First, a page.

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Door-to-door ground game walks fine line
Question of the Day
“I think that was blatantly obvious,” canvasser Rosemary Storaska, an economics teacher at a public school, told the homeowner.
“People focus on what they see — in fact, can’t escape — on the airwaves. But this other spending is a big deal,” said Sheila Krumholz, executive director of the Center for Responsive Politics, which tracks political spending. “The investment is substantial, the work especially counters the unions’ longtime advantage in the ground war, and it likely represents a foundation for such campaigns in the future.”
Democrats and some campaign finance analysts have argued that groups like Americans for Prosperity are chiefly about politics, and that their activities run afoul of the law governing nonprofits.
“It’s clear a lot of these groups’ primary purpose is to influence elections,” said Rep. Chris Van Hollen, Maryland Democrat.
The statute says nonprofits must be engaged only in “social welfare” issues, but courts said “insubstantial” political activity is acceptable. The Internal Revenue Service later clarified that ruling with language saying activity designed to promote a particular candidate may not be the groups’ “primary purpose.”
Some groups have said that means as much as 49 percent of their activity can be “express advocacy” — but they also know that the interpretation is up for debate.
Seeking to counter that, officials with Americans for Prosperity say they will spend far less on advocacy than they do on other activities.
The group already has run $32 million in political ads, but it has spent about $38 million on ads that don’t directly urge viewers to vote for a particular candidate, spokesman Levi Russell said.
All told, Americans for Prosperity will spend $100 million, up from earlier estimates of $80 million, he said, which leaves about $30 million for canvassing, phone calls, rallies, a 200-member staff and a giveaway of gasoline discounted to $1.84 a gallon — the price when Mr. Obama took office.
A challenge to unions
Americans for Prosperity’s efforts represent a conservative challenge to a tactic that has long been employed by liberal-leaning trade unions. This year, members of the Service Employees International Union (SEIU) have done the vast majority of the door-to-door canvassing, knocking on 1 million doors between June and last week. To meet a goal it set this summer, canvassers will have to knock on half that number in the next three weeks alone. If it succeeds, the SEIU will dramatically outpace Americans for Prosperity on individual home visits (the group aims for 150,000 homes) and narrowly on phone calls (SEIU aims to make a total of 13 million calls).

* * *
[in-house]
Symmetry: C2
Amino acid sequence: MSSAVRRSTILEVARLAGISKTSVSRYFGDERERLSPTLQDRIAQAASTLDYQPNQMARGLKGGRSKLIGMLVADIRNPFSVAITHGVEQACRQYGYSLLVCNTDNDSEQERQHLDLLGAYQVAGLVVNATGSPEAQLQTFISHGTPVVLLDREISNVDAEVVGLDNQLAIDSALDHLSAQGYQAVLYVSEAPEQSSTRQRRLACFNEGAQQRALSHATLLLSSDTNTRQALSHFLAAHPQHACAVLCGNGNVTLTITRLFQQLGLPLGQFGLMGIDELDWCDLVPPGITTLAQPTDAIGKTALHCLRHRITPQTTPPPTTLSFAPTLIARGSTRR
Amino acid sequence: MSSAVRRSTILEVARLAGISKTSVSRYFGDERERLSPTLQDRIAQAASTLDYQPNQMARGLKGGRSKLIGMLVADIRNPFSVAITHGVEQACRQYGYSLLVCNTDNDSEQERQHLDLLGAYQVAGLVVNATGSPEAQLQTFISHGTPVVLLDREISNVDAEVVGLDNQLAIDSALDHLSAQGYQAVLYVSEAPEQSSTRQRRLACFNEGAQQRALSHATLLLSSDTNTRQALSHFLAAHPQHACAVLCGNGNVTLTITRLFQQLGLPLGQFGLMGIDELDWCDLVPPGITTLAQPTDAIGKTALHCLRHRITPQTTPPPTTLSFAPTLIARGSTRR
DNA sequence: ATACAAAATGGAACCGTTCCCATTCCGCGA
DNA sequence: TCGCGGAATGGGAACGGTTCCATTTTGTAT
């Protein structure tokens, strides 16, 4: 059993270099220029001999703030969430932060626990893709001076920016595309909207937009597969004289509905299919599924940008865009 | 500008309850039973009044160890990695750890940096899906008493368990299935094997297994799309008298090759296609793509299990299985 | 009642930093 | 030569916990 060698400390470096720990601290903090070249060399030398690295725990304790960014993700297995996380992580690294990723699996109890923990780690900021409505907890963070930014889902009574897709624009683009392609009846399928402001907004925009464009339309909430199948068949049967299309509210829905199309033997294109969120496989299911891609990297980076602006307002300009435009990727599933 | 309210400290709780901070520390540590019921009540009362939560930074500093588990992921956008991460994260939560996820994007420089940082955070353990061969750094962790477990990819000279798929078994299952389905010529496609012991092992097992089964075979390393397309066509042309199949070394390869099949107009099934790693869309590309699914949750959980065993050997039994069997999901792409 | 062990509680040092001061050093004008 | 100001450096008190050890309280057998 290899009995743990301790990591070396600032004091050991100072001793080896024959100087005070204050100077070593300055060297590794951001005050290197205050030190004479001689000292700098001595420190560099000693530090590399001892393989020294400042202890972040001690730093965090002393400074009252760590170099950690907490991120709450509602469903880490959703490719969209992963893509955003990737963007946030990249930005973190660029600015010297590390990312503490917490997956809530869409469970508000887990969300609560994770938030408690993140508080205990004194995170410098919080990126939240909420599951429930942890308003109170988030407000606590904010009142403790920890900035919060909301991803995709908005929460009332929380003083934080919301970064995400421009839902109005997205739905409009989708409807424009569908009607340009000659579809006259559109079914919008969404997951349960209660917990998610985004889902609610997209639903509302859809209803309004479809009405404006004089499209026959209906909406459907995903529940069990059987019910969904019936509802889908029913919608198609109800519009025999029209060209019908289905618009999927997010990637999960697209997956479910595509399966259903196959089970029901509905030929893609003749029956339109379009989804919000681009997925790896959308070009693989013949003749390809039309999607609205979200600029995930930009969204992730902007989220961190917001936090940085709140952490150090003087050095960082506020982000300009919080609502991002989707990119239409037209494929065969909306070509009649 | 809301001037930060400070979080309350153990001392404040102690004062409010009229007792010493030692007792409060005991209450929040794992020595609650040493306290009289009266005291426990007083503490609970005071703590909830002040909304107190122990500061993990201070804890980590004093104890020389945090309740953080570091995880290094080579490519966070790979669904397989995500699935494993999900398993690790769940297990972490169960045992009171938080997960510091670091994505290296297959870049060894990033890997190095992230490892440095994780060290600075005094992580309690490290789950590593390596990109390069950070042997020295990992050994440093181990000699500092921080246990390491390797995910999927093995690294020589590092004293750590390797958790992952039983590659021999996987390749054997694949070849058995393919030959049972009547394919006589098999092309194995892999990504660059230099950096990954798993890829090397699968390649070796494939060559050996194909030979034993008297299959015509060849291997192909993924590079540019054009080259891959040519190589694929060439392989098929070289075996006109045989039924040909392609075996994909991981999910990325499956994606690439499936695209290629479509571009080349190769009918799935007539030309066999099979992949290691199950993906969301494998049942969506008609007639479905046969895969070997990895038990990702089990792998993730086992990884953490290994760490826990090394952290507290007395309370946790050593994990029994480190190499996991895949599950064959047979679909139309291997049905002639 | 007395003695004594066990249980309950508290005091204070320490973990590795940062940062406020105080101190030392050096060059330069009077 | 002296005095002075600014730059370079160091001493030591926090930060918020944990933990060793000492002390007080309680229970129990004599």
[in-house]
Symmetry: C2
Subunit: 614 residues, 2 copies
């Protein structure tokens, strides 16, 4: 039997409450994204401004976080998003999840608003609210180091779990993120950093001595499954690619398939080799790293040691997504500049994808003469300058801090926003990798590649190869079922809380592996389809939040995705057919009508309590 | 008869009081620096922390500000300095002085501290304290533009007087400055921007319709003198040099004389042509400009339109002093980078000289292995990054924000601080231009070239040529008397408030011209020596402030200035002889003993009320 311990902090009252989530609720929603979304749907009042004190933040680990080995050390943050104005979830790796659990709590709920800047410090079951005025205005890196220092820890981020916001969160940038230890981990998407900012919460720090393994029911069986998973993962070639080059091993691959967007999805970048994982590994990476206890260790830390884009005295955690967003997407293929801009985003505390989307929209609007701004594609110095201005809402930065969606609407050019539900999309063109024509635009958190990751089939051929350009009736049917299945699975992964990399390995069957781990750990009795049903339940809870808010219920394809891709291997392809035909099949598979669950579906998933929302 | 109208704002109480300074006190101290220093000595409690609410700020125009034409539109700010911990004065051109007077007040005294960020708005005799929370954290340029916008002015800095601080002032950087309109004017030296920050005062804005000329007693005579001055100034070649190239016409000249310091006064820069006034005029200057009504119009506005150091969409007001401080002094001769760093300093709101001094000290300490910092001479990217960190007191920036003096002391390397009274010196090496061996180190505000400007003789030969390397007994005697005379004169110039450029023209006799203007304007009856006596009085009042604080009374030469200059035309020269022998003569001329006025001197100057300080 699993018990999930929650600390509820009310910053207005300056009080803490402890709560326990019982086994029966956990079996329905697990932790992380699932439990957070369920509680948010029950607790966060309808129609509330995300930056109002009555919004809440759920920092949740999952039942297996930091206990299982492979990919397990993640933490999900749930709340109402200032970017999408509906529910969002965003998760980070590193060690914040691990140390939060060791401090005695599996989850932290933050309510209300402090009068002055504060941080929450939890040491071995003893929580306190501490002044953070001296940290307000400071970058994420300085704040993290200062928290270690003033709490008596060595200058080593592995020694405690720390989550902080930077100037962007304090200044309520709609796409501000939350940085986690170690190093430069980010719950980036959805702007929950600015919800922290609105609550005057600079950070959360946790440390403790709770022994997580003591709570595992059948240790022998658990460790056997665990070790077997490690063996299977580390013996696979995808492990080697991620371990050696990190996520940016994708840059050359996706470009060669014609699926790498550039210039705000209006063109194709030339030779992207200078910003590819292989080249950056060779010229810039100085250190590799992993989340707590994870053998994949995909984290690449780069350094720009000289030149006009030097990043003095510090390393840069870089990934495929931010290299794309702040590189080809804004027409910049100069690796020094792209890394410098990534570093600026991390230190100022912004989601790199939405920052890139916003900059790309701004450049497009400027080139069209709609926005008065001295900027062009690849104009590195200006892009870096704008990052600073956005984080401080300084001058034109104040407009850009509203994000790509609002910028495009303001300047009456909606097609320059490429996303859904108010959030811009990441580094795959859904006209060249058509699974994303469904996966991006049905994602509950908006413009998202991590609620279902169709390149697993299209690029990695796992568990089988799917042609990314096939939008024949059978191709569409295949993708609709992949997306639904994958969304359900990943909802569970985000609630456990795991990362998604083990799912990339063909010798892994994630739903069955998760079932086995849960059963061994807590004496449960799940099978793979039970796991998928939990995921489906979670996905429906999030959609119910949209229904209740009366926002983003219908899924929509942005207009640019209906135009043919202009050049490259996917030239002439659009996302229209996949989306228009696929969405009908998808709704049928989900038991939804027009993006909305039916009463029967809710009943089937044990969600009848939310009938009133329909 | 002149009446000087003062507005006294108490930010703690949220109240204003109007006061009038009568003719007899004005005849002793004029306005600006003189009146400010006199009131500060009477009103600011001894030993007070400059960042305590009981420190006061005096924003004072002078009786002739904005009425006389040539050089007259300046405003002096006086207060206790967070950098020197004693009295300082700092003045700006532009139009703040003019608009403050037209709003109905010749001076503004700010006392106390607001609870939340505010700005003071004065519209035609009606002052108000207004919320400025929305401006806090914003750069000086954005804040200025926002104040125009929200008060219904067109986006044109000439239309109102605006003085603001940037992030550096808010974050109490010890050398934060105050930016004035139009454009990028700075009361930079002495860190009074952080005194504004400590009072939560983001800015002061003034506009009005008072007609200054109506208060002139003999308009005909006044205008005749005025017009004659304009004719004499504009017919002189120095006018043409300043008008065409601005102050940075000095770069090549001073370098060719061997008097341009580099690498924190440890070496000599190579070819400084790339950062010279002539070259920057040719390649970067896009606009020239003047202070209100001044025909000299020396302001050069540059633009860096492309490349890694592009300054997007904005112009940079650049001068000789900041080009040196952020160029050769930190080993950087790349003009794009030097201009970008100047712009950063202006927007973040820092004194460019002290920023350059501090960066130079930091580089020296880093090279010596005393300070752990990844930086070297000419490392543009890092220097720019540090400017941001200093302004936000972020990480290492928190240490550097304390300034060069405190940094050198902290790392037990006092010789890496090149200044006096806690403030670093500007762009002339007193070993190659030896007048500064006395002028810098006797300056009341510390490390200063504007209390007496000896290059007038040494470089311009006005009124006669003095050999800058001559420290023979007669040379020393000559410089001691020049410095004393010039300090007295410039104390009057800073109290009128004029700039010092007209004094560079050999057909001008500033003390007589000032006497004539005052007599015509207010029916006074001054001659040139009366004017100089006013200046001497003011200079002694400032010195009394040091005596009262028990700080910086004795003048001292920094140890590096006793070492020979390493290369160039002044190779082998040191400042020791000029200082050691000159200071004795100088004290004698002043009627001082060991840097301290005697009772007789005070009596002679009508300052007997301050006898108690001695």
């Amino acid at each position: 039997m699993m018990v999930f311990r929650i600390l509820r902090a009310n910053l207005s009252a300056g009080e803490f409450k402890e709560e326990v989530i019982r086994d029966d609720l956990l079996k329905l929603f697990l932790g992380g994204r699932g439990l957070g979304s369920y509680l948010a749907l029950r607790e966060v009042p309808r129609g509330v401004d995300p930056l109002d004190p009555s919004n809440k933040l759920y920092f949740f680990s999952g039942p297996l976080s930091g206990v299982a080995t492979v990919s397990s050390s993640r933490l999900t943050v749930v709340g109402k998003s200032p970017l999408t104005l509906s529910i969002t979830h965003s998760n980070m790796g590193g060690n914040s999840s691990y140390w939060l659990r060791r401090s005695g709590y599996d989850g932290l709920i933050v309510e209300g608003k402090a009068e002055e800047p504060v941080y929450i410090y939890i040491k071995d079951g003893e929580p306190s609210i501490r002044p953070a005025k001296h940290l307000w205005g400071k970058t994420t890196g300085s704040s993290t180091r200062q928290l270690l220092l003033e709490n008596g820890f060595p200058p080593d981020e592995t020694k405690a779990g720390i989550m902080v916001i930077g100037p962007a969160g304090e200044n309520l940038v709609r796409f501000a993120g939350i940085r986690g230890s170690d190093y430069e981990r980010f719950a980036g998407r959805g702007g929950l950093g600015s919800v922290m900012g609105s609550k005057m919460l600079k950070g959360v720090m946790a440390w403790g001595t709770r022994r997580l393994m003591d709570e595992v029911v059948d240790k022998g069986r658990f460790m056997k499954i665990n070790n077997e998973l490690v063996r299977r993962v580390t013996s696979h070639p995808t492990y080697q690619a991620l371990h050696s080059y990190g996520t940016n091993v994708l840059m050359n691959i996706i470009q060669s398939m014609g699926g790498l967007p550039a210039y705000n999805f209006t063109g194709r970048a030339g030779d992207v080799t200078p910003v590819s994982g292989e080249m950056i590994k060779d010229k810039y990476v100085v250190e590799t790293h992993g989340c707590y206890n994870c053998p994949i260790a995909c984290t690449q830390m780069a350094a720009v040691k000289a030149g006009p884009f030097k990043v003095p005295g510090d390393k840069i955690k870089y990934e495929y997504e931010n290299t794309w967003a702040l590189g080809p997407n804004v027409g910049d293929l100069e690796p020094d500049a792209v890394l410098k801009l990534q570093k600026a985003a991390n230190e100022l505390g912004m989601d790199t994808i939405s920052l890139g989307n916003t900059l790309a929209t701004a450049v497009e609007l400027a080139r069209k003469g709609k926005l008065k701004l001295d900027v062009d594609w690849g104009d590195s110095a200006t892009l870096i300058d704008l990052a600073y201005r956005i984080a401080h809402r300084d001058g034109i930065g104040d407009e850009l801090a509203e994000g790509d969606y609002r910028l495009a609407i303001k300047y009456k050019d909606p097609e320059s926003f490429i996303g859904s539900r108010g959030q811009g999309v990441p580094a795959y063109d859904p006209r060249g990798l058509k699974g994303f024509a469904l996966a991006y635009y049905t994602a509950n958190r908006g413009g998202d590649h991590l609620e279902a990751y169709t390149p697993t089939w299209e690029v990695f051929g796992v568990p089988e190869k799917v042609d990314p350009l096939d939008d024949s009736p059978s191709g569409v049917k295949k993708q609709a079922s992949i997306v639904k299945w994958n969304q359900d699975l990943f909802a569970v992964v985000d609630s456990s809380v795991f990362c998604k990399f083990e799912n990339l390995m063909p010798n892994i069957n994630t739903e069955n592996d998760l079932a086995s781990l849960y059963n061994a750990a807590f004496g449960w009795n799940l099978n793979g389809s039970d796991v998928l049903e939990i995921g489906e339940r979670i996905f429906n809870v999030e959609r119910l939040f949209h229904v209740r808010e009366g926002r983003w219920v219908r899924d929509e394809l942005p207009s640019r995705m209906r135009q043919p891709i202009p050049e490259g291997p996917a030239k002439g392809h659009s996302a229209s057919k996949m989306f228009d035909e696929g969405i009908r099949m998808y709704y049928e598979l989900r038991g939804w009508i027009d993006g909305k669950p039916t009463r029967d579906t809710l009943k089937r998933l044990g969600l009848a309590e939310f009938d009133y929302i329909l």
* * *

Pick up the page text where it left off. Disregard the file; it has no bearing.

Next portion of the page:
Last weekend, SEIU members wielding iPhones knocked on 7,200 doors in Virginia.
The union’s political accounts have at least $12 million in the bank. SEIU has spent more than $9 million on pro-Democrat canvassing, including $2.3 million to take place over the next two weeks.
That money includes salaries. Workers who are members of the union have taken leave from their jobs for up to two months to canvass, with the union paying their day jobs’ salaries during that time. But it also includes money to print literature and procure vans for volunteer canvassers, in which case the money would go a lot further.
© Copyright 2014 The Washington Times, LLC. Click here for reprint permission.
About the Author
Luke Rosiak is a projects reporter on The Washington Times’ investigative team. He formerly covered lobbying and campaign finance for two watchdog groups as well as transportation for The Washington Post. Luke can be reached at firstname.lastname@example.org.
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